March 8, 2007
Books: Mailer scrutinizes evil in form of young Hitler
"The Castle in the Forest," by Norman Mailer (Random House, $27.95).|
Of all the Jewish American writers who have shaped our culture these past 60 years, none has been so controversial or "outside" society as Norman Mailer, who recently published his 36th book, "The Castle in the Forest," his first novel in a decade. An immediate commercial and literary success at 25 with the publication of his war novel, "The Naked and the Dead," in 1948, Mailer became famous overnight. He was nearly a decade younger than Saul Bellow and Bernard Malamud but already better known. Philip Roth, who was 15 at the time, was not to win acclaim for another 11 years, when he published his first book, "Goodbye, Columbus."
By 1959, Mailer had already written two other novels, "Barbary Shore" and "The Deer Park," and had just come out with his first grand compendium, "Advertisements for Myself," which consisted of fiction and nonfiction and included his sexually charged story, "The Time of Her Time." There seemed little doubt then that of all the post-war American Jewish writers, he occupied center stage.
Nevertheless, it was Bellow, Malamud and Roth who became "our" Jewish American trio: The writers with whom the synagogues, Jewish organizations and readers identified, although not always with glee nor without complaint. They were "our" authors, like it or not, but all three resisted the identification, even though Jewish themes dominated much of their writing.
Mailer, however, with little effort, avoided the embrace. He seemed not part of the tribe.
"Is he Jewish?" a friend asked me at the time.
It was a logical question, for Mailer had barely written a word about the Jewish experience in America: not about growing up Jewish in an America where anti-Semitism was ubiquitous nor about attending Harvard (1939-1943) when it maintained an unofficial quota system.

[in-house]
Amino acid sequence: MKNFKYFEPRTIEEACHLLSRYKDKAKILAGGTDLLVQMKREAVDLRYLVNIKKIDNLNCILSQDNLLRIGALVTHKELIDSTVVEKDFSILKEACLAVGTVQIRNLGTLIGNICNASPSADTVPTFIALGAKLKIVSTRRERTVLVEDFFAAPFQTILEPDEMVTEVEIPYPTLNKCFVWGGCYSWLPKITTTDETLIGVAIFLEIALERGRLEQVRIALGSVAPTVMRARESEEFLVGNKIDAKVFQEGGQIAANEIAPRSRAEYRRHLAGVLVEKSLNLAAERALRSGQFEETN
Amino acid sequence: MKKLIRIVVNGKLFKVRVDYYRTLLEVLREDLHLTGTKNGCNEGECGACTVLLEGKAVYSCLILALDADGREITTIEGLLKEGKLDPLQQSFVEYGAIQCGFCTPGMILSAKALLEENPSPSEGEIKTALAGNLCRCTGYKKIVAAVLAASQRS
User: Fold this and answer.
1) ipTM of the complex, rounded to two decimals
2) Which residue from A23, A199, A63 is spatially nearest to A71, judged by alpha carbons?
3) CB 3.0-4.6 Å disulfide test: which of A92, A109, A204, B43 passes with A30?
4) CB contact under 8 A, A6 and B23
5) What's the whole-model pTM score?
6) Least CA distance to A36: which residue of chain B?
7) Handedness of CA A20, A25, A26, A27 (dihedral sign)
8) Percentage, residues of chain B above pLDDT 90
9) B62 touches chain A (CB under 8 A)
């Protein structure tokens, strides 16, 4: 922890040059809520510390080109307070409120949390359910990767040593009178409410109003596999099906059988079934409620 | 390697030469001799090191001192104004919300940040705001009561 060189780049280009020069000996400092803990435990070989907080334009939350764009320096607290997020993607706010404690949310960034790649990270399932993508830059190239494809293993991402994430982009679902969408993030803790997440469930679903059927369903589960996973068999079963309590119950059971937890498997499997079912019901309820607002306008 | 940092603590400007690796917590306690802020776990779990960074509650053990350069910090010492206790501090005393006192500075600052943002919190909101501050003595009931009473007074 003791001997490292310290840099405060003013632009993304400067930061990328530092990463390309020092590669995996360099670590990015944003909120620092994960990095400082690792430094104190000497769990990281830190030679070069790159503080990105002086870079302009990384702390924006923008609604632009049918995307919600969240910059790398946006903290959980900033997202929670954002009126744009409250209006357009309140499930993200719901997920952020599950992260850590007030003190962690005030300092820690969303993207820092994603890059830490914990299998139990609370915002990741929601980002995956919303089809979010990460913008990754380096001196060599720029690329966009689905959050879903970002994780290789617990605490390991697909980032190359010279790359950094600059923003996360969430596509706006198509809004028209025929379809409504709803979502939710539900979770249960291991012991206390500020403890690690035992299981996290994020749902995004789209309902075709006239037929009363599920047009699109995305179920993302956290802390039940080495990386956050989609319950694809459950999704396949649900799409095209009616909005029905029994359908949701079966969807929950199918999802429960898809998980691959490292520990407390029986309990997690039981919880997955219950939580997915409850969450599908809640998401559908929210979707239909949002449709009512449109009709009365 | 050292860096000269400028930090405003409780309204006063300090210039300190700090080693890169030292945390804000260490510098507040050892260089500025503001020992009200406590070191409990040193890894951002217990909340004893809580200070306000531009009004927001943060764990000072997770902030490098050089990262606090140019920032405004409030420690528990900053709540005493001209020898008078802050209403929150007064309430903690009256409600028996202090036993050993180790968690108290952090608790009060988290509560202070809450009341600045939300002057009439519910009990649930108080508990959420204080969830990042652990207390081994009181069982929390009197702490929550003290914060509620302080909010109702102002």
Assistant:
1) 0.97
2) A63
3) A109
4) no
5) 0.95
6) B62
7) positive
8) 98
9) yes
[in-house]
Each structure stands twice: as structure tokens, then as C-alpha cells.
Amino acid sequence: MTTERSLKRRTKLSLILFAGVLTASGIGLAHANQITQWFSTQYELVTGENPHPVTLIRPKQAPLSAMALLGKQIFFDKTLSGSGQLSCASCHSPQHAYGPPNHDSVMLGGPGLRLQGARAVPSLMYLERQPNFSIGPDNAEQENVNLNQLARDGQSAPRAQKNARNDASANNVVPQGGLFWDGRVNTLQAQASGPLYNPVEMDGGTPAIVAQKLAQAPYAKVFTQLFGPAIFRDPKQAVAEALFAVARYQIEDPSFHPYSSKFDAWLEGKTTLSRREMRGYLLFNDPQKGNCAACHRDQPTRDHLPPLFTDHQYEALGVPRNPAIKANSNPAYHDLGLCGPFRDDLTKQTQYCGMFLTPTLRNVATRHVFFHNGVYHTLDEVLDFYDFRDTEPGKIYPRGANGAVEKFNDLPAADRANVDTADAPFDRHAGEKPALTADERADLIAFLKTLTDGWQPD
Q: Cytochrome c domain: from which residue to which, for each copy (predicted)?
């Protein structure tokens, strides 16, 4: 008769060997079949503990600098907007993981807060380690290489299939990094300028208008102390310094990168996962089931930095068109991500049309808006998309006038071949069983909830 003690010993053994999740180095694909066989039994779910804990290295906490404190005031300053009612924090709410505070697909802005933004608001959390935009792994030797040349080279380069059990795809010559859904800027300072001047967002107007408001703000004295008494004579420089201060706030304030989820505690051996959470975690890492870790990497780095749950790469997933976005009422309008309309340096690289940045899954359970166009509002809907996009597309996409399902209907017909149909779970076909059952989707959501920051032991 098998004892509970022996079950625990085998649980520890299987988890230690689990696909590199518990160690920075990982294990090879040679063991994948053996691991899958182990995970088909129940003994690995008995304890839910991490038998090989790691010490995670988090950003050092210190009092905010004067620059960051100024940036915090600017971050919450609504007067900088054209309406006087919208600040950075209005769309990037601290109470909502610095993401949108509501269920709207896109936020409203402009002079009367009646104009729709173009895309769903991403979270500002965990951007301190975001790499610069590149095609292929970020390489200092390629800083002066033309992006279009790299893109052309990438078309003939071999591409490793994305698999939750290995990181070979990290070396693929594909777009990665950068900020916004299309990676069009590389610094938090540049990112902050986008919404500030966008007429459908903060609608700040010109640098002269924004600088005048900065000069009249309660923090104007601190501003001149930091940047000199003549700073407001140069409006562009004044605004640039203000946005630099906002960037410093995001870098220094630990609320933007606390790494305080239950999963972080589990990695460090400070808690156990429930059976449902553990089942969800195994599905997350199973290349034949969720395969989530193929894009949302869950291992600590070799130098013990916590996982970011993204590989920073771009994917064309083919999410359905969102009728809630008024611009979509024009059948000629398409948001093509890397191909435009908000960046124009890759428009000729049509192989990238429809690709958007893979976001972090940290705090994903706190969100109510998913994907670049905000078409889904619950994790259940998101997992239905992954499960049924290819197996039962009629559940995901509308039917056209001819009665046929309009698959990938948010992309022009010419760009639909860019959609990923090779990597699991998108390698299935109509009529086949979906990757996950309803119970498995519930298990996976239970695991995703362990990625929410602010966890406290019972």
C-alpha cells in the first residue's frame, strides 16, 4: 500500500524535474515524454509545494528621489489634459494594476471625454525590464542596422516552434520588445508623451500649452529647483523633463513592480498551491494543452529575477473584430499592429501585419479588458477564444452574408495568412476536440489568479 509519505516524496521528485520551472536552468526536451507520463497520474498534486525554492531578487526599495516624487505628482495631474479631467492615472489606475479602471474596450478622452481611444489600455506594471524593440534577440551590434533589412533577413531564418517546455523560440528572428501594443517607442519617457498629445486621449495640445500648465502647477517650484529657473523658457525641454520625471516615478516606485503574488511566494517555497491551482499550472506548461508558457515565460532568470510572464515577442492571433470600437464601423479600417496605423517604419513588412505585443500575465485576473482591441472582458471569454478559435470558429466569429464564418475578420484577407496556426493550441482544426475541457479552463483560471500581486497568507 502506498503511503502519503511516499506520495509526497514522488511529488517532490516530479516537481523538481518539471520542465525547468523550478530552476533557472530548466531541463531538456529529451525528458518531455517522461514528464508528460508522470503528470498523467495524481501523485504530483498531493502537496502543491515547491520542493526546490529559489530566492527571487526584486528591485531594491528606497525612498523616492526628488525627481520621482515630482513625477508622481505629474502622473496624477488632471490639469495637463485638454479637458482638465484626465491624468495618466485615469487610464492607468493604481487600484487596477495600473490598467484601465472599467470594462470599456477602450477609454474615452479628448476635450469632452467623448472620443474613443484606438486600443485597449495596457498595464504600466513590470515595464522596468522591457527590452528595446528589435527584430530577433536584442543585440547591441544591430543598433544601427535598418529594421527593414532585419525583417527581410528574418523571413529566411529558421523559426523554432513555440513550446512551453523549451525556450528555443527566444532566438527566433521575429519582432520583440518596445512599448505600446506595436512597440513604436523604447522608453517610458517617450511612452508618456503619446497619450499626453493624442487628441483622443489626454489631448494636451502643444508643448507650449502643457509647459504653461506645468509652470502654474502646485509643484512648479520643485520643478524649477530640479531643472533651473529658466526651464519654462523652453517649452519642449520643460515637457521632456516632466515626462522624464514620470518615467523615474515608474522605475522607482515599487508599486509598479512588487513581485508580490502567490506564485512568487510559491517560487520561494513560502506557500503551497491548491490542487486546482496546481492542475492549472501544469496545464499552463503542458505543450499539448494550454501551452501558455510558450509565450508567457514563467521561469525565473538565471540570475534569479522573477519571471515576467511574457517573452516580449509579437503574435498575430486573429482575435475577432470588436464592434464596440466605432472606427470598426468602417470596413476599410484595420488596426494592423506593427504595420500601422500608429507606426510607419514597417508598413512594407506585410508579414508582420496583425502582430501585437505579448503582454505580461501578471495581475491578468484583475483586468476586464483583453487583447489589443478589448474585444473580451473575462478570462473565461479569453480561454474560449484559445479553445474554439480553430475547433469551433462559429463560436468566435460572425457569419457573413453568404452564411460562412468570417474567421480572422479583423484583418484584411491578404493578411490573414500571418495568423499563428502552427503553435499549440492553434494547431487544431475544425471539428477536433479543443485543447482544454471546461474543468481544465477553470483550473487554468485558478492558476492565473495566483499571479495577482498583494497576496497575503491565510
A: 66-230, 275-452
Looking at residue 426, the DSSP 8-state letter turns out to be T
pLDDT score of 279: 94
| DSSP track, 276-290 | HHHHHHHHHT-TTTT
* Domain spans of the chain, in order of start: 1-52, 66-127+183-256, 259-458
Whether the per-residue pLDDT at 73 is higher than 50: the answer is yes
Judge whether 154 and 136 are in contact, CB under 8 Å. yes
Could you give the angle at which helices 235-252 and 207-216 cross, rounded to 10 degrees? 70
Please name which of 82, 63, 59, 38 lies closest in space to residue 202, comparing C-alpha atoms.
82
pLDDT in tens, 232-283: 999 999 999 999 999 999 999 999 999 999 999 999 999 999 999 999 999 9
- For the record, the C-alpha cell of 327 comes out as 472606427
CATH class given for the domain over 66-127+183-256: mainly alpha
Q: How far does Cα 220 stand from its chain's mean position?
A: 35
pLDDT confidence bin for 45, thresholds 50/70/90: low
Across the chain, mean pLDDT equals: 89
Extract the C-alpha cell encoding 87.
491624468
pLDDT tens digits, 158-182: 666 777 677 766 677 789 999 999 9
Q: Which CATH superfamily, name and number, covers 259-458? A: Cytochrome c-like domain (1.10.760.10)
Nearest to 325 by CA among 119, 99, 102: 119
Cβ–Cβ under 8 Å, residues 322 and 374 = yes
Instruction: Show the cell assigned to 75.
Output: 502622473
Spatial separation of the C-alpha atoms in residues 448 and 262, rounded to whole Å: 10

Mailer, one of the accepted 10 percent, was naturally enough given two Jewish roommates his freshman year, for segregation was the assumed custom of the day. It is not difficult to imagine the riffs that Roth would have played on that life passage.
But none of this is present in Mailer's fiction or his reportage, either.
When a Jewish voice surfaces briefly in "The Armies of the Night," a third-person portrait of Mailer as guide-protagonist of the 1967 Washington protest march against the war in Vietnam, he flicks us a comedic account of his encounter with an anti-Semite.
Mailer, one of the leaders of the march, is arrested along with a young American Nazi protester. Mailer is delighted. The two men begin to eye one another in the police paddy wagon:
"'You Jew bastard,' he shouted. 'Dirty Jew with kinky hair.'
"They didn't speak that way. It was too corny. You could only answer.
'You filthy kraut.'
"'Come here you, you coward,' he said to Mailer, 'I'll kill you.'
"'Throw the first punch, baby,' said Mailer, 'you'll get it all.'"
That parody aside, Mailer's books read as though all the autobiographical themes and experiences of his life, his journey from child to man, have been purged, as though he had succeeded in pole vaulting over his own life, landing on the other side, his imagination and literary sensibility rushing forward to engage with the present and future experiences of his life in America.